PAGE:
Sreeraj S. has ridden over 50 kilometres to reach the capital city. He has come only for a 10-minute meeting to talk about his latest work — standing really, really tall, at Onamkulam, near his home in Manjalumoodu, Kanyakumari. A 30-feet-tall Santa Claus made of more than one lakh pieces of broken glass. He has won an award for the largest Santa Claus painting in the world, with glass pieces, from the Universal Records Forum.
“I didn’t have enough funds to apply for the Guinness World Records,” says the young man who neither had enough to go to a fine arts school. He had wanted to get a degree there. No one told him about art or colours. He had found them when he began accompanying his mom to work, at the brick factory. He’d make tiny art pieces with bricks as a child, before he discovered colours. Pencil sketches and craft and paintings popped up all over his little house that just didn’t have the space to hold them all. Growing up, he started participating in the Vavubali Exhibition in Kanyakumari, winning the Best Artist Award for four consecutive years. Every time, Sreeraj would find new ways to make his works untypical. A Mahatma Gandhi would rise on dried palm leaves, another nine-feet long Gandhi got made from glass pieces. Another time, it was an Anaconda around a tree, all made in paper.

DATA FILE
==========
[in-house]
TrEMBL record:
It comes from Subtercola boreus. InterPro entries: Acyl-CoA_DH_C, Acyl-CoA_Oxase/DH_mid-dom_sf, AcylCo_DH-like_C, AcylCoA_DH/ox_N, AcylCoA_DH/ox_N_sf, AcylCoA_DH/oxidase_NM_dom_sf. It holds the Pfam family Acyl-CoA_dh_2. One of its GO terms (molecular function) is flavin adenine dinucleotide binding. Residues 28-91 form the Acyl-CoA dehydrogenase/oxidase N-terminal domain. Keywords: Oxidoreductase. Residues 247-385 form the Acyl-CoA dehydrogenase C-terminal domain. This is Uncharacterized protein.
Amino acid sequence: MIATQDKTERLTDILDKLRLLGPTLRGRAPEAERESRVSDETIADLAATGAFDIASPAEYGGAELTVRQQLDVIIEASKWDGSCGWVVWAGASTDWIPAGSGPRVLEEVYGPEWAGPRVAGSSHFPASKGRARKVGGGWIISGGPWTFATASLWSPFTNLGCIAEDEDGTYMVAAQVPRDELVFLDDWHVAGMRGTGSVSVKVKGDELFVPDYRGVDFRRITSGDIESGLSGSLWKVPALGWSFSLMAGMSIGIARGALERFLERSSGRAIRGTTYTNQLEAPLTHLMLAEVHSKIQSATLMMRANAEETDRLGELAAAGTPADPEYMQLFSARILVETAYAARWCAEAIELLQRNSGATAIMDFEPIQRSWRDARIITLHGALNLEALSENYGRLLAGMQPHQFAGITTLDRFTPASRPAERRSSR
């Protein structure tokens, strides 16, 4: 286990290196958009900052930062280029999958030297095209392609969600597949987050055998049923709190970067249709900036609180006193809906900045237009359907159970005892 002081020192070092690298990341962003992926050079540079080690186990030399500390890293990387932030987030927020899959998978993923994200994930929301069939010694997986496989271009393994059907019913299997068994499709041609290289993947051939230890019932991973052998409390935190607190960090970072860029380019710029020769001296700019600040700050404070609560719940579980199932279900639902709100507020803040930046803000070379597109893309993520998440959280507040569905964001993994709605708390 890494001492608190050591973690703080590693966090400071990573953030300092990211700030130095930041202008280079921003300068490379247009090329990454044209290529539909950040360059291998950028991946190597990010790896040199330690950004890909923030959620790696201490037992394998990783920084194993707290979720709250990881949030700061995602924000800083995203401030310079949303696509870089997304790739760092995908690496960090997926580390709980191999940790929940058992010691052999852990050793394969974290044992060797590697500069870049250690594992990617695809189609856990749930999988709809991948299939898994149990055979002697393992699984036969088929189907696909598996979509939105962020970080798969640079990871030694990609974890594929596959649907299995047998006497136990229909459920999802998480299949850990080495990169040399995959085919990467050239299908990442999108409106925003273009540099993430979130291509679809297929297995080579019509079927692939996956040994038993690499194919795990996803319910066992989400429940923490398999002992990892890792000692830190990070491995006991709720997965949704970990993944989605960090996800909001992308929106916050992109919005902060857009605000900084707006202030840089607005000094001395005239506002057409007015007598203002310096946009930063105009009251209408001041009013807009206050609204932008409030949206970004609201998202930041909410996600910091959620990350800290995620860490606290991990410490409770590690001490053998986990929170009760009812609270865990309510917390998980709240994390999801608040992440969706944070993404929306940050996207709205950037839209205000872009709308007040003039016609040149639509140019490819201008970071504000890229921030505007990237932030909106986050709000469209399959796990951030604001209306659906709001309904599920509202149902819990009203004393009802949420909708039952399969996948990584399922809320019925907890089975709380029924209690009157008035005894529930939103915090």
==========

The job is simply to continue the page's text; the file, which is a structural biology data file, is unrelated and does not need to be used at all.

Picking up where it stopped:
“But this is the first time I got help,” Sreeraj says about his Santa, still standing proudly on the road. “There is a small group of youngsters called Onamkulam Brothers in my neighbourhood and we put together programmes for Christmas. It is this group that came up with a fund of Rs 30,000 to build the Santa,” he says. The glass pieces are stuck on cardboard pieces. “I got the glass from a scrap shop in Marthandam. I had told them seven months in advance,” Sreeraj says. The Santa stands on a crib that is about 12-feet tall.
Till some time ago, Sreeraj used to work in the housekeeping department of a hotel. Once when he painted the portrait of the owner and presented it to him, he was called to his home. The owner’s wife advised him to learn fine arts and work in that direction. And he lost the job, he says, smiling. He is now a full-time artist. But he couldn’t take part in art exhibitions because many of them ask for a fine arts degree.
Sreeraj’s dream is to get recognition from the Indian government, and go with his mother to collect it.